Port: Money unaccounted for, and almost zero scrutiny

It's not like we're talking about jaywalking. This is something that matters.

From left, activists Tara Houska, Jane Fonda and Winona LaDuke spoke of the civil rights and climate change threats they say Enbridge's Line 3 replacement project brings to northern Minnesota. Shannon Geisen / Forum News Service
We are part of The Trust Project.

CORRECTION: This column originally reported that the Freshet Collective had made a public financial filing since 2017 when the group reported having more than $2 million in assets. That was incorrect. The group made a filing in 2018 showing more than $840,000 in assets. The column and headline have been corrected to reflect the accurate information.

MINOT, N.D. — Tara Houska was a campaign advisor to Sen. Bernie Sanders' 2016 presidential campaign and is currently a prominent anti-pipeline activist.

She's currently involved in the activism against Enbridge's Line 3 Replacement project.

On September 4, she appeared alongside four far-left congresswomen - Rep. Ilhan Omar of Minnesota, Rep. Ayanna Pressley of Massachusetts, Rep. Rashida Tlaib of Michigan, and Rep. Cori Bush of Missouri - who were demanding that President Joe Biden block further construction on the line.


But back in 2016, Houska raised millions to pay for the bail, fines, and legal fees of activists arrested during the often violent protests against the Dakota Access Pipeline here in North Dakota.

A lot of that money isn't accounted for, according to recent reports .

Houska's nonprofit group, called the Freshet Collective, claimed in public filings to have just over $2 million in assets at the end of the 2017 fiscal year. A subsequent filing from 2018, recently published on the group's website, which according to came back online on Sept. 10, showed the group had more than $840,000 in assets.

Since then, there have been no further filings, and attempts to find out from Houska directly what has happened to those millions by journalists ( I tried contacting her last year ) have been unsuccessful.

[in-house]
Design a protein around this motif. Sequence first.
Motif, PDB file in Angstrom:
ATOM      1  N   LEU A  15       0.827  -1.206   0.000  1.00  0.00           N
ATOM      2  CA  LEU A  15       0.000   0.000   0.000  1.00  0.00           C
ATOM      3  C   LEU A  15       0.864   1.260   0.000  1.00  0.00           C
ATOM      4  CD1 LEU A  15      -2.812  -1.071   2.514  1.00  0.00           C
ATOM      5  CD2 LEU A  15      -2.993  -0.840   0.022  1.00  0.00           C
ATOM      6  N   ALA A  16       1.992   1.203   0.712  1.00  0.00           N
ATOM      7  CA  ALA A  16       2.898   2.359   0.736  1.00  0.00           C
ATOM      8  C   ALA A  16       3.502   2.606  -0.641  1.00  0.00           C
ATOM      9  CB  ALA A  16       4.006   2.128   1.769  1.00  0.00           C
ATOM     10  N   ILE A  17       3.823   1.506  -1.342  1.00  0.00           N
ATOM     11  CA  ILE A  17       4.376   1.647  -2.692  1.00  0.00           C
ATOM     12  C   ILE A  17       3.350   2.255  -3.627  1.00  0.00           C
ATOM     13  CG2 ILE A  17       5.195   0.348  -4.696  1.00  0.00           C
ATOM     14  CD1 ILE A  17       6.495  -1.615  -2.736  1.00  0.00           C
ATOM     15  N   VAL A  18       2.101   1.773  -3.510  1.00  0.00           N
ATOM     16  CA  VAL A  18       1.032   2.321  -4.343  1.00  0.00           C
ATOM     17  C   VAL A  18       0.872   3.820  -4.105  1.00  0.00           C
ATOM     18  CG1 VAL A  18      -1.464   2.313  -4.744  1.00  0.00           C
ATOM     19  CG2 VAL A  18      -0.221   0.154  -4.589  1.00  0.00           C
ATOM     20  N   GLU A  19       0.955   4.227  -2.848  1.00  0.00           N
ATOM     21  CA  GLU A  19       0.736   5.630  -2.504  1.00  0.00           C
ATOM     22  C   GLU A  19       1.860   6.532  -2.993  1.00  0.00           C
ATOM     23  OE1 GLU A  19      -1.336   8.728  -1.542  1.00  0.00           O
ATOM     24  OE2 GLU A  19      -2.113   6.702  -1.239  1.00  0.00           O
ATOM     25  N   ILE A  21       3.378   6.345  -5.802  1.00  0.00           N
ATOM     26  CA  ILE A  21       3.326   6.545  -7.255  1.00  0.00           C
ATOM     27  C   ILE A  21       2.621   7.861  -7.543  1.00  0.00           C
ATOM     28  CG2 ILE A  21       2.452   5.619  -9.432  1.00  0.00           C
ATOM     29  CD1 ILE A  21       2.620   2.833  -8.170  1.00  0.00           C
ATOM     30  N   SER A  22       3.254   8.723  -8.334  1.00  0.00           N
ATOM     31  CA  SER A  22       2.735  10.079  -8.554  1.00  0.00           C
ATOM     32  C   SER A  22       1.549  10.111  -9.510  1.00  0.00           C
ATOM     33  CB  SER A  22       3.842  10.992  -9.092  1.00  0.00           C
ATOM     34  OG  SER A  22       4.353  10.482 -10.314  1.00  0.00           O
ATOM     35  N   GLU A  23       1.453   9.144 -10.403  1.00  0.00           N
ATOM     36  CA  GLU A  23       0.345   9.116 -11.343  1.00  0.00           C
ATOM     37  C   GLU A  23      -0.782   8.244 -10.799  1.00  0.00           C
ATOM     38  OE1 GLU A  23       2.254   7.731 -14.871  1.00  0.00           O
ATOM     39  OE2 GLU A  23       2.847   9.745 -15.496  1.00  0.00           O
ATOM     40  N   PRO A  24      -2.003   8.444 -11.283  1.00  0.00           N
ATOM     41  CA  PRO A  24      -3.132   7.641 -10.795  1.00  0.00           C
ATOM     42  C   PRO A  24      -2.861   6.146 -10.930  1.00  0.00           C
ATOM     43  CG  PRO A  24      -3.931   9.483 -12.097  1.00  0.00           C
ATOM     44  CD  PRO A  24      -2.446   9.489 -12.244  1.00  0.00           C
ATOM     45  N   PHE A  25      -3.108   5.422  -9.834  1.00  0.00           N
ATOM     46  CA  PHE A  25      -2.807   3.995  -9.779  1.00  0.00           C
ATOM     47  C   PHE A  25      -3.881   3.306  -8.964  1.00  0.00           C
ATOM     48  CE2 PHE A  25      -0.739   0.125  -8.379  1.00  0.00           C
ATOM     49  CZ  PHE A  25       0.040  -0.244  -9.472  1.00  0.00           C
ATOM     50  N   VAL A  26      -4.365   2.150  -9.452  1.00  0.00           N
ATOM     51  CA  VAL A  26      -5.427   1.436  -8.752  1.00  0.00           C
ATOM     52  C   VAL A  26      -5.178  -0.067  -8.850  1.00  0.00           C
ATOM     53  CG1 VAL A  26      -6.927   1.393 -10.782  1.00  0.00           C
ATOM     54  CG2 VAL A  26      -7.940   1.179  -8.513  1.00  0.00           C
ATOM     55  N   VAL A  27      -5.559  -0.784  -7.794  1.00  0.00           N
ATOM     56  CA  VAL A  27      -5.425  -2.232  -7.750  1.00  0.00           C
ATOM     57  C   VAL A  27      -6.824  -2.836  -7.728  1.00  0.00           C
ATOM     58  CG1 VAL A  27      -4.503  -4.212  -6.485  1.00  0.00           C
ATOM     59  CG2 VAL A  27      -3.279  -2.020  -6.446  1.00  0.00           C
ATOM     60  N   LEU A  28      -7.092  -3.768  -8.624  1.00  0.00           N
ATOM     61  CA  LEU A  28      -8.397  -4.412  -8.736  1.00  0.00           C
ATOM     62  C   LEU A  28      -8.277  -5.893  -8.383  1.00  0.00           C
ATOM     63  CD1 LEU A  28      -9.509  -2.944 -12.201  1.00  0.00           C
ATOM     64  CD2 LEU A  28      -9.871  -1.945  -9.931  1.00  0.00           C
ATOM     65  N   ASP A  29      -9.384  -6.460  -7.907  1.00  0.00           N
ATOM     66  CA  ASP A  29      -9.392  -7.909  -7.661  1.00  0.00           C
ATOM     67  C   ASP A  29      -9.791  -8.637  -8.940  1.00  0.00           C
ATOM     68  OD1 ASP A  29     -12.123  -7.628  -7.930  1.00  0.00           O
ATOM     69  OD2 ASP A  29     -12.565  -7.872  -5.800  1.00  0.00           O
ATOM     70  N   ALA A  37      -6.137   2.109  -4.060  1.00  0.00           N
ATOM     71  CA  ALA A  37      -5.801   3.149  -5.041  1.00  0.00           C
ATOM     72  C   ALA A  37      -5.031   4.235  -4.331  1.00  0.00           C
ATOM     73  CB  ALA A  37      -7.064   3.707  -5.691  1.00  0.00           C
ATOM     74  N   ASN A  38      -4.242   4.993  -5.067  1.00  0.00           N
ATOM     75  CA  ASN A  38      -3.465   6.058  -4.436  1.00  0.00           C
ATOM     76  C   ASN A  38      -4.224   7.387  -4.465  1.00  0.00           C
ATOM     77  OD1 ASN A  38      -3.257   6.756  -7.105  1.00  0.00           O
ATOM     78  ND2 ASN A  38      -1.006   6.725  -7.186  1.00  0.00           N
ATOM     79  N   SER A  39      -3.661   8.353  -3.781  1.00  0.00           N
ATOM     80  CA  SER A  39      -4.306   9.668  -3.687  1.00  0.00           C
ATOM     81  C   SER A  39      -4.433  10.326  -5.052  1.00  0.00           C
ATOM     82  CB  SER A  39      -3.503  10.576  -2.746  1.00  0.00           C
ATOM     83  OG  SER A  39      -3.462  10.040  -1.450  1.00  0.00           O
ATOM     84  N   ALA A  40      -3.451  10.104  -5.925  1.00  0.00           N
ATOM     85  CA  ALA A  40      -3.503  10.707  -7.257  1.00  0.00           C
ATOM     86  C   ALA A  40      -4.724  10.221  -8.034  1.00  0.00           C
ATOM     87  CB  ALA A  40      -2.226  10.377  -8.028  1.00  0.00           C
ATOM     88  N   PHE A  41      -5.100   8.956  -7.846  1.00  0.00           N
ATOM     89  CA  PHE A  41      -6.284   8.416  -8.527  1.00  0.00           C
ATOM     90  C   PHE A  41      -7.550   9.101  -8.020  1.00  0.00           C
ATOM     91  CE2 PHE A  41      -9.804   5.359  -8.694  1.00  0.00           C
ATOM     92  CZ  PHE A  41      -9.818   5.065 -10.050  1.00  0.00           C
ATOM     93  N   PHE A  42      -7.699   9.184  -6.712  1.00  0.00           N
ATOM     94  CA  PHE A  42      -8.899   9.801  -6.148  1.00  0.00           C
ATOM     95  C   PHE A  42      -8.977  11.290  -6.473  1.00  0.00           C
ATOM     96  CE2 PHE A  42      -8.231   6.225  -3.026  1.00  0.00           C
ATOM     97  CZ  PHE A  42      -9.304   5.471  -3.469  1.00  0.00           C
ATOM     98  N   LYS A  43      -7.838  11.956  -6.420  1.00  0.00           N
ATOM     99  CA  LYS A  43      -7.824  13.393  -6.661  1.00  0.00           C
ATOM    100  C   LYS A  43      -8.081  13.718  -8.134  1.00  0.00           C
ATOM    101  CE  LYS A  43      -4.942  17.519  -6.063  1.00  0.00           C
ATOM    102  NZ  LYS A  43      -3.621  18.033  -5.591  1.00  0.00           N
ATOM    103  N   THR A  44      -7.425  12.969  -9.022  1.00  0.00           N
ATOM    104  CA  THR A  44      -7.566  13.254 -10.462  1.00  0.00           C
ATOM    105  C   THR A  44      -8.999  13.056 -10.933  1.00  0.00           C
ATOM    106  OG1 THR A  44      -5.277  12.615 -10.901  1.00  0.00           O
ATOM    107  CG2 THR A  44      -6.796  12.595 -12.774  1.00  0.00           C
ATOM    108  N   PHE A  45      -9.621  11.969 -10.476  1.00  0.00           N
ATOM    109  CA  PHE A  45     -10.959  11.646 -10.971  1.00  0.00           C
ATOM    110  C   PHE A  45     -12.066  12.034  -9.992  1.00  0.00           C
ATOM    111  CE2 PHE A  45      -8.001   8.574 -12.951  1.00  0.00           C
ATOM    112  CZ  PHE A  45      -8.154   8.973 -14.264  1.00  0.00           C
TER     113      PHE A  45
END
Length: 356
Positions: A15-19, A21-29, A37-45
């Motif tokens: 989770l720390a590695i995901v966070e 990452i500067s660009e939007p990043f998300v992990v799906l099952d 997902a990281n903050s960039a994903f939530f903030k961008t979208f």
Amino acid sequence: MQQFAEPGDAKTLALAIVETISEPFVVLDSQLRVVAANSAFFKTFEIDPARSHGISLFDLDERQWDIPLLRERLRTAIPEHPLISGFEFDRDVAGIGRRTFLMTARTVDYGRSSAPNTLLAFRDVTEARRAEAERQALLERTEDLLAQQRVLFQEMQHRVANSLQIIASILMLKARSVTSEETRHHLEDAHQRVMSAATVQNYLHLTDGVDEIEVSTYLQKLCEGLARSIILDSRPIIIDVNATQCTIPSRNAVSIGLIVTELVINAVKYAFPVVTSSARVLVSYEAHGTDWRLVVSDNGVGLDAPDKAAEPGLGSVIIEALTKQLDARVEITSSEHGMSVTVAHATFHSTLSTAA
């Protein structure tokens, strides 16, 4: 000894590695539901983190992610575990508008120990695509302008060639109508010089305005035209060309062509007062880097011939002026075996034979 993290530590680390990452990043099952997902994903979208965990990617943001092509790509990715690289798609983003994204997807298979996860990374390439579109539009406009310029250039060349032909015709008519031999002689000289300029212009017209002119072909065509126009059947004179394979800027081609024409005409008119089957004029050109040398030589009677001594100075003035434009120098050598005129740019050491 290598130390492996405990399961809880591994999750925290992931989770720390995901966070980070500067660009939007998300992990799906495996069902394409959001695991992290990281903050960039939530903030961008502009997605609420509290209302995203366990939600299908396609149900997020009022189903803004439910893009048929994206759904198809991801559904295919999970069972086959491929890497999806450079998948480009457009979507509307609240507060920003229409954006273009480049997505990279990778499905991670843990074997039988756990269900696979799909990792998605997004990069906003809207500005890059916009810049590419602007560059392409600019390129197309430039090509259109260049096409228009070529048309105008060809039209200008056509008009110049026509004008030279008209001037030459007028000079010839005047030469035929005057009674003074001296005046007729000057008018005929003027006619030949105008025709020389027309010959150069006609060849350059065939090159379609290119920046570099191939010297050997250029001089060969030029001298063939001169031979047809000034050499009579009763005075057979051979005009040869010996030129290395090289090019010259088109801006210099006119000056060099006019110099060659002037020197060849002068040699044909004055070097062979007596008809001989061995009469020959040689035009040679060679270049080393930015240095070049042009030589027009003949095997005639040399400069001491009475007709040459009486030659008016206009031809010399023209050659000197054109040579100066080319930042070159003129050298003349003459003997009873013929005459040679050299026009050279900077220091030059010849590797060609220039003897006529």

How can someone speak at events next to high-profile members of Congress, and even be recognized by other activist groups for "outstanding climate initiatives which give change agents and the public inspiration to model and replicate for continued climate action across the nation," without facing heavy scrutiny for hundreds of thousands of dollars in unaccounted for donations?

For context, consider that in 2013 former right-wing Congresswoman Michele Bachmann came under intense scrutiny over accusations of less than $50,000 in inappropriate campaign spending (she would ultimately announce her retirement from Congress during the investigation).


Activists, who included Jane Fonda, Winona LaDuke, Tara Houska, and others march toward a Line 3 pump station on Monday, June 7m 2021. Photo provided by the Giniw Collective.png
Activists, who included Jane Fonda, Winona LaDuke, Tara Houska, and others march toward a Line 3 pump station on Monday, June 7, 2021. Photo provided by the Giniw Collective.

The scrutiny was appropriate. Bachmann was a member of Congress and a presidential candidate.

If that was a major news story, shouldn't this be at least a medium-sized one? All the more because it pertains to someone who is still, very much, in the public limelight today?

It's not like we're talking about jaywalking.

This is something that matters.

"The nonprofit's donors and the general public need to know what happened to these funds," CharityWatch executive director Laurie Styron told the Washington Free Beacon .

Houska and the Freshet Collective are only part of the story, too. Millions were raised during the #NoDAPL protests by hundreds of groups, and there's been little in the way of public accountability for any of those funds.

Meanwhile, many of the groups and individuals involved in that fundraising continue, like Houska, to be very active in various sorts of left-wing activism.


It's a rich story vein for any reporter willing to buck the news media's generally credulous stance toward left-wing political initiatives.

To comment on this article, visit

Rob Port, founder of, is a Forum Communications commentator. Reach him on Twitter at @robport or via email at .

Rob Port column sig
Rob Port

Rob Port column sig
Rob Port

Rob Port is a news reporter, columnist, and podcast host for the Forum News Service. He has an extensive background in investigations and public records. He has covered political events in North Dakota and the upper Midwest for two decades. Reach him at Click here to subscribe to his Plain Talk podcast.
What to read next
If there's some red line that Trump could cross, some depth he could stoop to in words or action, that would cost him the support of North Dakota's delegation, he doesn't seem to have crossed it yet.
"Do we want conservatism to be seen as a pragmatic set of principles for balancing our collective need for a government with the rights of individuals? Or the gospel of some fire-and-brimstone bible-thumper who has never met a conspiracy theory he didn't cotton to?"
Columnist Roxane B. Salonen writes, "Only time can heal the great loss we feel when our loved ones die—and even that, imperfectly. But there is something deeper, and truer, than what we can hold in this world. It is love. And the love of a mother does not end at death."
Jenny Schlecht explains how a "where are you" call led to an evening of protecting barn cats and hunting raccoons.